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Geometry Expressions Newsletter
Geometry Expressions Newsletter

July2011 
Learning calculus with Geometry Expressions
If you're teaching calculus in the fall, you should take a look at our new Learning calculuselectronic resource: Learning Calculus with Geometry Expressions by L. Van Warren

This breakthrough electronic book consists of a series of pdf slide shows all ready to present in class, along with some of the most beautiful interactive geometry Expressions models ever created.

You can use individual slides from Learning Calculus, or single lectures, course segments or the entire calculus course.  You can use the presentation slides stand-alone, or use the accompanying models with Geometry Expressions for a more dynamic understanding of calculus.

Individual chapters are available for $6.99.  The whole electronic book is priced at $34.95

How to...model a cam
cam 0
We show you how to use the ability of Geometry Expressions to animate with respect to different variables to create a model of a cam.  In the picture on the left, the cam rotates about A, while the follower F moves vertically with a sinusoidal motion. A model of the working cam is on the web here.

Cams are used by mechanical engineers to create specified motion.  The cam synthesis problem is this:  given a desired motion of the follower, what shape should the cam be?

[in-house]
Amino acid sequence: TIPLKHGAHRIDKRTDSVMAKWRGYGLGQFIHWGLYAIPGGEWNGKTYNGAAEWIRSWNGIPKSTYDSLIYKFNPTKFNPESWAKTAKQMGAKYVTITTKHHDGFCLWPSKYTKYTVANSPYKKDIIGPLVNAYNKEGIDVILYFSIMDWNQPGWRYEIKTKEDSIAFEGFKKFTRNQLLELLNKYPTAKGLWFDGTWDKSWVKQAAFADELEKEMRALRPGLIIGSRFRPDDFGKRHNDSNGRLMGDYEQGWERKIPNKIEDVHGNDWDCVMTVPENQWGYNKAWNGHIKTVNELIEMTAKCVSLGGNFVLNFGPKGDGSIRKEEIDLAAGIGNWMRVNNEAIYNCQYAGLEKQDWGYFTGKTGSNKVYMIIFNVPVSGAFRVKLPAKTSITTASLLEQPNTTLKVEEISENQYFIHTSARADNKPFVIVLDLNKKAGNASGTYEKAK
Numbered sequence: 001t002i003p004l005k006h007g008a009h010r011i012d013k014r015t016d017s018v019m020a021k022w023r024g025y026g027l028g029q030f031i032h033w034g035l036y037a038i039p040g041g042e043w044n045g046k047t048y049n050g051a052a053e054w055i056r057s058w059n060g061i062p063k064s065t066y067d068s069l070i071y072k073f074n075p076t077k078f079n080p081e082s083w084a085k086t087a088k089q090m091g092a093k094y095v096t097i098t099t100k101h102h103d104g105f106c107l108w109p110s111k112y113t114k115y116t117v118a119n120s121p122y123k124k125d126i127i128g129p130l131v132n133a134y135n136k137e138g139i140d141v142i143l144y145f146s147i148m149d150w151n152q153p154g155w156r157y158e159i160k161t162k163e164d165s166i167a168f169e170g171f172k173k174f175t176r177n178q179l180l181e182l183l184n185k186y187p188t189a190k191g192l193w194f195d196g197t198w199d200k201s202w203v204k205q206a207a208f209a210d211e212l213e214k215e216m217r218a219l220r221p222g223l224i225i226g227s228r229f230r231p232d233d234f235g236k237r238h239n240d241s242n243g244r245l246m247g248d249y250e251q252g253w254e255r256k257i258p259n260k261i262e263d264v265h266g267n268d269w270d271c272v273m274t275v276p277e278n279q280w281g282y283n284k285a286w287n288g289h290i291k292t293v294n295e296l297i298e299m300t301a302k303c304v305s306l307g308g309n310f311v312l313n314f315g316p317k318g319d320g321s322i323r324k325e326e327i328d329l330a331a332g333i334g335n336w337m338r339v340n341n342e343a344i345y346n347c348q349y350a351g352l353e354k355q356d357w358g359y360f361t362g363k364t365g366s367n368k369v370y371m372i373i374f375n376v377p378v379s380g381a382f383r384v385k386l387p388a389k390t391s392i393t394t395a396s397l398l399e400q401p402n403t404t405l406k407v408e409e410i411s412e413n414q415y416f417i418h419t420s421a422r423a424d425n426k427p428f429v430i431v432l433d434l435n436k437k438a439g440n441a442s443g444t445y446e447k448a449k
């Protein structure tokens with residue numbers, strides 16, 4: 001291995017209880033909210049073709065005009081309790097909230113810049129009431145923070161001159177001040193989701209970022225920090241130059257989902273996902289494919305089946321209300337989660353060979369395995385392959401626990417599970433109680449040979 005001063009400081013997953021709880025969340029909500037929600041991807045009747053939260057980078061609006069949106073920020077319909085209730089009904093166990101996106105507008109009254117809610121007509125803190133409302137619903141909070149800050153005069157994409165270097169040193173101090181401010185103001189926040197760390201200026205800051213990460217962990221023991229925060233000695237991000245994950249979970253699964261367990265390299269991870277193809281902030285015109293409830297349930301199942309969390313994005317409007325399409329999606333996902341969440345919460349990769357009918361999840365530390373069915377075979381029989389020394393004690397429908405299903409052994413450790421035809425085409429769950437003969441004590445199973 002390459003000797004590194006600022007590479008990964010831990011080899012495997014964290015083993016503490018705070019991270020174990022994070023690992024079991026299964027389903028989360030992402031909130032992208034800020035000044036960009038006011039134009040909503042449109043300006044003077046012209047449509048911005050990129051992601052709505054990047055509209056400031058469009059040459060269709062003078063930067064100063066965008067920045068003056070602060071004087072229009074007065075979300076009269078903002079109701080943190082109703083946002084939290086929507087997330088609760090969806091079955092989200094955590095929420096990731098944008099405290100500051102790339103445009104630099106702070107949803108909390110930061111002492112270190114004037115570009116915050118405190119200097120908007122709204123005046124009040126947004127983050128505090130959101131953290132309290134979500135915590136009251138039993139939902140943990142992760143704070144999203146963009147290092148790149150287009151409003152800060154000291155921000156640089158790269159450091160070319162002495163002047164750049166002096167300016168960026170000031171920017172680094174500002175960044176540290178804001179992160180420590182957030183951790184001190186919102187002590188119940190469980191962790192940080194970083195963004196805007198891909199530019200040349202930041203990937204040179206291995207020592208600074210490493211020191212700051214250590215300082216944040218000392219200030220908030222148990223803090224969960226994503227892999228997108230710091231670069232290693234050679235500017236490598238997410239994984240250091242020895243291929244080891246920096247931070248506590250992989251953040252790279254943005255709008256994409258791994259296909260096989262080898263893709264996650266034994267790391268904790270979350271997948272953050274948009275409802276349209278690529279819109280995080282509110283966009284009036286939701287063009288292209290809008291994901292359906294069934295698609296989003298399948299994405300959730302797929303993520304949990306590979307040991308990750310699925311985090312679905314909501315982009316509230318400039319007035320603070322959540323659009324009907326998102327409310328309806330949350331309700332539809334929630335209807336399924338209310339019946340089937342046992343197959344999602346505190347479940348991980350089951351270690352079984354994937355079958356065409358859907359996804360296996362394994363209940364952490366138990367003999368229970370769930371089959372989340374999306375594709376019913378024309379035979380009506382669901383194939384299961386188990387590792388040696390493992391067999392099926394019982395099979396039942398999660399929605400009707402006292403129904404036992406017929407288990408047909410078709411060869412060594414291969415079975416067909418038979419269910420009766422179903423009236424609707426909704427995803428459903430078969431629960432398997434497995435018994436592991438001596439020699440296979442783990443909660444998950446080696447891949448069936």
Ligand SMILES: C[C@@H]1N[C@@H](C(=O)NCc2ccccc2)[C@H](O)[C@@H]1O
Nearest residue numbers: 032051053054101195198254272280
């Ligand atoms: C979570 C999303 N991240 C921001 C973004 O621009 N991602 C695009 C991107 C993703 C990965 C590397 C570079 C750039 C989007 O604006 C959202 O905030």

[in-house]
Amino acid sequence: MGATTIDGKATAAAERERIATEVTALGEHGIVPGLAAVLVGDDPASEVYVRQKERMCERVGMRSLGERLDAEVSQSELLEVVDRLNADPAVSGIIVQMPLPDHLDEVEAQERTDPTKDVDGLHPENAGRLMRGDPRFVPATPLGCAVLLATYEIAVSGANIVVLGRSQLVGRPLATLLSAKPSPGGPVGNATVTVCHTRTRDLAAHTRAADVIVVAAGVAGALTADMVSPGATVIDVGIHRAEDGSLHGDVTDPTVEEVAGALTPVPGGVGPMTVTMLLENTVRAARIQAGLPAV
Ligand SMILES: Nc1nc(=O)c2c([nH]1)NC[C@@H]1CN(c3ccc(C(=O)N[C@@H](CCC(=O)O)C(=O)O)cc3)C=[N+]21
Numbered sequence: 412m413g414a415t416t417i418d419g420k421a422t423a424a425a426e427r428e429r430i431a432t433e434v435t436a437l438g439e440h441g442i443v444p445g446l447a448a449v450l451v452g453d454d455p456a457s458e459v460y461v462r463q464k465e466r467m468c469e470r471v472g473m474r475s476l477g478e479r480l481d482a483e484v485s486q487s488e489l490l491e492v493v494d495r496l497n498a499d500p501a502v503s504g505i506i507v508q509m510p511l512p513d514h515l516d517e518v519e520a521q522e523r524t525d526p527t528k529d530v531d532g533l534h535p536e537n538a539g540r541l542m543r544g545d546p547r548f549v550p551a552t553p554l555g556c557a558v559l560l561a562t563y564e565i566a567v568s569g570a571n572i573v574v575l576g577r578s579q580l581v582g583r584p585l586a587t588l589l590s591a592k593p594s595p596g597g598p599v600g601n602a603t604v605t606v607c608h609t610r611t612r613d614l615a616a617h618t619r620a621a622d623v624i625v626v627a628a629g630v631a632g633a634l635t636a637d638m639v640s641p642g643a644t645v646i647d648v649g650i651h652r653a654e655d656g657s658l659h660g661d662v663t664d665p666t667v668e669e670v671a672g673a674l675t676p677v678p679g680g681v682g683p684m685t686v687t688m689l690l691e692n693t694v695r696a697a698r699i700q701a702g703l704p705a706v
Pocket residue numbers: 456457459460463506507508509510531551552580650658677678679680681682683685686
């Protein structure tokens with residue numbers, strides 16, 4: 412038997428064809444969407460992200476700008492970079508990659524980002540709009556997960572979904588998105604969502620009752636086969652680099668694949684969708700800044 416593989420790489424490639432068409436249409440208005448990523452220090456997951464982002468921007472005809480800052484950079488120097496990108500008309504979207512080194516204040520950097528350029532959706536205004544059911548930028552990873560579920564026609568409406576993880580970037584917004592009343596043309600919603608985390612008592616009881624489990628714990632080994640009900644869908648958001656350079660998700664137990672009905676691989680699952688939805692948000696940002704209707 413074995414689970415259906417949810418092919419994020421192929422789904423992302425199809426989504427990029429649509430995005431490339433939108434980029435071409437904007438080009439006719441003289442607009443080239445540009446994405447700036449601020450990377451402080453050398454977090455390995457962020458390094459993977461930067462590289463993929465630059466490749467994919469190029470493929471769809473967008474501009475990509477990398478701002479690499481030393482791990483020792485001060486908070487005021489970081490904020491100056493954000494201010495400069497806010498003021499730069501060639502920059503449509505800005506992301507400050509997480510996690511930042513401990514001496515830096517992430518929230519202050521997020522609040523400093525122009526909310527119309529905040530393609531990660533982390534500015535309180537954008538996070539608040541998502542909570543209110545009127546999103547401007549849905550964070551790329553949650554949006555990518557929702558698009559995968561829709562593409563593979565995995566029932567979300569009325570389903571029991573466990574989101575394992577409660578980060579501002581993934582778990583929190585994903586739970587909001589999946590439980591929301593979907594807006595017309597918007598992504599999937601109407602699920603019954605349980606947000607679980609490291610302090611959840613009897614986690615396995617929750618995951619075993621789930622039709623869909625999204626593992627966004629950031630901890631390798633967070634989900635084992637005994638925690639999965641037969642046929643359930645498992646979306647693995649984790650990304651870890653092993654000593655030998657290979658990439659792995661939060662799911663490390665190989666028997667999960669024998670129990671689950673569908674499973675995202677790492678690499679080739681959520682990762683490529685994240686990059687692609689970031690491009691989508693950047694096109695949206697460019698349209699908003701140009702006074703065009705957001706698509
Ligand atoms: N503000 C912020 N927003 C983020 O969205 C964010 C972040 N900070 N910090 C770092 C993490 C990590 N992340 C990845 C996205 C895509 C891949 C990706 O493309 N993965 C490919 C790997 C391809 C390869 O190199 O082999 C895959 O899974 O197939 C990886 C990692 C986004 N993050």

To create the cam shape, we invert the problem, hold the cam fixed and rotate the follower, while making its distance from the center of the cam vary appropriatelycam 1.

The cam profile is the envelope of the circle (obtained by selecting the circle and using Construct/Locus).

So how do we get the cam to move and the follower to stay put?

The trick is to add a parameter t to the argument of the sin function, then hold the angle fixed, while varying t.
cam 2

The end effect of this is a model where the cam rotates, and the follower reciprocates.

Look again at the web model.  This was created with Geometry Expressions 3.0 beta.

Can you work out how the output curve was created?  (Hint: it involved adding another parameter.)
cam 3



Problem of the Month
reflection
A simple solar cooker consists of a box AB and a reflective lid AC (we can assume AC and AB are the same length).

For a given angle of incoming sunlight, what is the best lid angle CAB?  (An applet which lets you play with the problem is here).

If you are allowed to adjust the sun's angle (by tilting the box, for example), what lid angle captures the most sunlight?  (An applet to help you examine this is here.)

Have you encountered this angle before?

GX Books
conics
101 Conic Section Examples contains, as its title suggests, 101 examples of conic sections modeled with Geometry Expressions.

Not a textbook, but it will give you lots of ideas for models which can be created with Geometry Expressions, and introduce you to some arcane knowledge about conic sections

Available in printed, or electronic form 
here

Online PD
Interested in using Geometry Expressions in class?

Free online Professional Development is now available here